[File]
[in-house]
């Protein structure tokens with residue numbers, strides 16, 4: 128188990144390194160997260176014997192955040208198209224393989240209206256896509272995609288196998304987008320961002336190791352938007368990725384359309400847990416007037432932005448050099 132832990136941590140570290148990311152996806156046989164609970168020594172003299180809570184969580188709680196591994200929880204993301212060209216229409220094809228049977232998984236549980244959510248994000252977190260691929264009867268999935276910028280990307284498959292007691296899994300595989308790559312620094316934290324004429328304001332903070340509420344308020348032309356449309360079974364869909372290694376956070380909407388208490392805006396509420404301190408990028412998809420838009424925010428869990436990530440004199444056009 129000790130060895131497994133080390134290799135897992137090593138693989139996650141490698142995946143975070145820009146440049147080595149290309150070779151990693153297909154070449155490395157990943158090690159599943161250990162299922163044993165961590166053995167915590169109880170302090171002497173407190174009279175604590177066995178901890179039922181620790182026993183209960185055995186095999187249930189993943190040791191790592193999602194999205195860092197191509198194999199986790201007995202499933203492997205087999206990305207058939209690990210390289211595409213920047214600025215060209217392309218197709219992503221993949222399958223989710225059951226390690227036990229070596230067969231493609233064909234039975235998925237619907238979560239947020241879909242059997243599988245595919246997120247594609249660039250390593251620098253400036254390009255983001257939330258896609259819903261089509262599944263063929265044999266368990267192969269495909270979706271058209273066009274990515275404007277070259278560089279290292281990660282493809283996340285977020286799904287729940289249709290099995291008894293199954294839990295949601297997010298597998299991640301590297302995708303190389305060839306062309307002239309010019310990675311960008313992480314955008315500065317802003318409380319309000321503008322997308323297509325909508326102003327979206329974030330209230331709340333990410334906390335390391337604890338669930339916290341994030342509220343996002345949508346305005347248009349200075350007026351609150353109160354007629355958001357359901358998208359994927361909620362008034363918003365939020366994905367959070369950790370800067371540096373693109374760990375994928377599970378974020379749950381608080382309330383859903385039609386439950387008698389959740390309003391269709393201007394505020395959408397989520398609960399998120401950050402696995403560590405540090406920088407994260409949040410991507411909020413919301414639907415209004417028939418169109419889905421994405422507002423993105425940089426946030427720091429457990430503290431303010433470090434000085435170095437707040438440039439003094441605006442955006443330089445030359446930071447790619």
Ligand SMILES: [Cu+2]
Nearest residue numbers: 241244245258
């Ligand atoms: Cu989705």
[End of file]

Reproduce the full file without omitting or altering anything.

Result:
[in-house]
């Protein structure tokens with residue numbers, strides 16, 4: 128188990144390194160997260176014997192955040208198209224393989240209206256896509272995609288196998304987008320961002336190791352938007368990725384359309400847990416007037432932005448050099 132832990136941590140570290148990311152996806156046989164609970168020594172003299180809570184969580188709680196591994200929880204993301212060209216229409220094809228049977232998984236549980244959510248994000252977190260691929264009867268999935276910028280990307284498959292007691296899994300595989308790559312620094316934290324004429328304001332903070340509420344308020348032309356449309360079974364869909372290694376956070380909407388208490392805006396509420404301190408990028412998809420838009424925010428869990436990530440004199444056009 129000790130060895131497994133080390134290799135897992137090593138693989139996650141490698142995946143975070145820009146440049147080595149290309150070779151990693153297909154070449155490395157990943158090690159599943161250990162299922163044993165961590166053995167915590169109880170302090171002497173407190174009279175604590177066995178901890179039922181620790182026993183209960185055995186095999187249930189993943190040791191790592193999602194999205195860092197191509198194999199986790201007995202499933203492997205087999206990305207058939209690990210390289211595409213920047214600025215060209217392309218197709219992503221993949222399958223989710225059951226390690227036990229070596230067969231493609233064909234039975235998925237619907238979560239947020241879909242059997243599988245595919246997120247594609249660039250390593251620098253400036254390009255983001257939330258896609259819903261089509262599944263063929265044999266368990267192969269495909270979706271058209273066009274990515275404007277070259278560089279290292281990660282493809283996340285977020286799904287729940289249709290099995291008894293199954294839990295949601297997010298597998299991640301590297302995708303190389305060839306062309307002239309010019310990675311960008313992480314955008315500065317802003318409380319309000321503008322997308323297509325909508326102003327979206329974030330209230331709340333990410334906390335390391337604890338669930339916290341994030342509220343996002345949508346305005347248009349200075350007026351609150353109160354007629355958001357359901358998208359994927361909620362008034363918003365939020366994905367959070369950790370800067371540096373693109374760990375994928377599970378974020379749950381608080382309330383859903385039609386439950387008698389959740390309003391269709393201007394505020395959408397989520398609960399998120401950050402696995403560590405540090406920088407994260409949040410991507411909020413919301414639907415209004417028939418169109419889905421994405422507002423993105425940089426946030427720091429457990430503290431303010433470090434000085435170095437707040438440039439003094441605006442955006443330089445030359446930071447790619």
Ligand SMILES: [Cu+2]
Nearest residue numbers: 241244245258
């Ligand atoms: Cu989705």